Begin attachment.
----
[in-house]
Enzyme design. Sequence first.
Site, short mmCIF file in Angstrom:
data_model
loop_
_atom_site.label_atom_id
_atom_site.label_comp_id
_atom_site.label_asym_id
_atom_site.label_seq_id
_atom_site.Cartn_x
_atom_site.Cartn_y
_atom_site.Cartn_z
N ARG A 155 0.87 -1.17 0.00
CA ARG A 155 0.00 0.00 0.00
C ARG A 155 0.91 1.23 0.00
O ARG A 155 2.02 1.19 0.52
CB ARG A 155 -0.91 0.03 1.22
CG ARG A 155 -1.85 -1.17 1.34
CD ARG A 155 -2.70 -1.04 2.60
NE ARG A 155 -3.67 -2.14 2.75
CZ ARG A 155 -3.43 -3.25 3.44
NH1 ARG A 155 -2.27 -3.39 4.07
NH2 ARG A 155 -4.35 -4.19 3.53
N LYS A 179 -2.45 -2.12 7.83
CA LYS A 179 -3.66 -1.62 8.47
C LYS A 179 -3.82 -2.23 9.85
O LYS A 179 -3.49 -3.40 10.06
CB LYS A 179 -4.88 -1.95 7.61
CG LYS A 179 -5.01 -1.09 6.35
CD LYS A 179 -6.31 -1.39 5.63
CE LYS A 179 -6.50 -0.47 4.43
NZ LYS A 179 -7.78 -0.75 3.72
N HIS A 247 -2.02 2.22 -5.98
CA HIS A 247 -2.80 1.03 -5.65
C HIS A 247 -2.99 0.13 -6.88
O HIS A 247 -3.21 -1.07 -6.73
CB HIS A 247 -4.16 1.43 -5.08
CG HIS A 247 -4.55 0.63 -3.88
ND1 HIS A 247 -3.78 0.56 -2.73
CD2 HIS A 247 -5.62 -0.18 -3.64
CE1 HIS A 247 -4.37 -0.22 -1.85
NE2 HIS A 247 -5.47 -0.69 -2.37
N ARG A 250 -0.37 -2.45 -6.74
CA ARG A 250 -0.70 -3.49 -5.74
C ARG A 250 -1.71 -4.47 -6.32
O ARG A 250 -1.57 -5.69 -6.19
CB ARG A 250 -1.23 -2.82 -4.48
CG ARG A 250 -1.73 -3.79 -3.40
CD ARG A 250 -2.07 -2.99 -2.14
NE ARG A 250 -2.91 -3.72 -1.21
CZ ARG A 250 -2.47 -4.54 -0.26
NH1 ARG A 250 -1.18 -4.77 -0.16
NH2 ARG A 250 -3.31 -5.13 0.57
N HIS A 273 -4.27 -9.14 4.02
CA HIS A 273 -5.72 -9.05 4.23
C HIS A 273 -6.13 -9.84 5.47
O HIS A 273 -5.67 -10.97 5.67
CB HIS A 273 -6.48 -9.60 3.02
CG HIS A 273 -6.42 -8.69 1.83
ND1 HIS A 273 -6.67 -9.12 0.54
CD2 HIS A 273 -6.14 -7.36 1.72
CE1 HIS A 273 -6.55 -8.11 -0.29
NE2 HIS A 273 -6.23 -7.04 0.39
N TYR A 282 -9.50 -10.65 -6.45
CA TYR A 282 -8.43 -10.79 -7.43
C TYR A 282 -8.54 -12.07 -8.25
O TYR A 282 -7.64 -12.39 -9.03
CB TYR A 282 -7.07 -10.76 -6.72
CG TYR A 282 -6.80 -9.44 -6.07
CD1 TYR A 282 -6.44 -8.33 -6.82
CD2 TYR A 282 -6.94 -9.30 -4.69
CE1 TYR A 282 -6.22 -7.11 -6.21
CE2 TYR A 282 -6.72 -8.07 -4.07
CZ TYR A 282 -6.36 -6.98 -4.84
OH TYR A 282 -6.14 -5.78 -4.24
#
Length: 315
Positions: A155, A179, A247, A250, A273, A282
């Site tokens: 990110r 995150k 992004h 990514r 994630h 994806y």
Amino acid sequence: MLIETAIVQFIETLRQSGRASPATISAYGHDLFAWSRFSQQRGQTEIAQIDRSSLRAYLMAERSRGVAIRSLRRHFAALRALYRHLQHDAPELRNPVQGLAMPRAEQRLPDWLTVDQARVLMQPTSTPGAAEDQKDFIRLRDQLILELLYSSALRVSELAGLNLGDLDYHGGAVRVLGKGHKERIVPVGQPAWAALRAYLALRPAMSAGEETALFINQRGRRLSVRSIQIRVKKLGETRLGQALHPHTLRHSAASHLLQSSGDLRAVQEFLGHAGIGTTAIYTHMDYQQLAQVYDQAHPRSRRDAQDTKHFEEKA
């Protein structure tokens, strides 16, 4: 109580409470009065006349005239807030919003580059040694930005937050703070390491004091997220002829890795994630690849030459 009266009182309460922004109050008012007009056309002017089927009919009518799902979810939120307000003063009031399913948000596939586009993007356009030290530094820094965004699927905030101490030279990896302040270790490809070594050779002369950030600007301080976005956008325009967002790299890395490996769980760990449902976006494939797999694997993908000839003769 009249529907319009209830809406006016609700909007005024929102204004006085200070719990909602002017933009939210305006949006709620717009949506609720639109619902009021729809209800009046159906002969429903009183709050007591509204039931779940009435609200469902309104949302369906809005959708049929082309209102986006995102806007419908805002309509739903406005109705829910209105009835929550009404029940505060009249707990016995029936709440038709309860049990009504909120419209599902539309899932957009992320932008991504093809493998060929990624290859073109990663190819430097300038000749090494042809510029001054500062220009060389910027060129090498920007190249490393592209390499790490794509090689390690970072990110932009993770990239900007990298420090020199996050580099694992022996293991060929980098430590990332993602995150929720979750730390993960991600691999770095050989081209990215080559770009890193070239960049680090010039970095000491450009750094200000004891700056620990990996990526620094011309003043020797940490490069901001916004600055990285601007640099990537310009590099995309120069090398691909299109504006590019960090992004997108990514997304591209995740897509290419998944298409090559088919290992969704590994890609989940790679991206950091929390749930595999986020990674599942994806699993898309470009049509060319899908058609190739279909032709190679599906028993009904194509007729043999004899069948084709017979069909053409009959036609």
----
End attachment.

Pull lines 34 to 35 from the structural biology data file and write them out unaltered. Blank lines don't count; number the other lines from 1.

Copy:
CA HIS A 247 -2.80 1.03 -5.65
C HIS A 247 -2.99 0.13 -6.88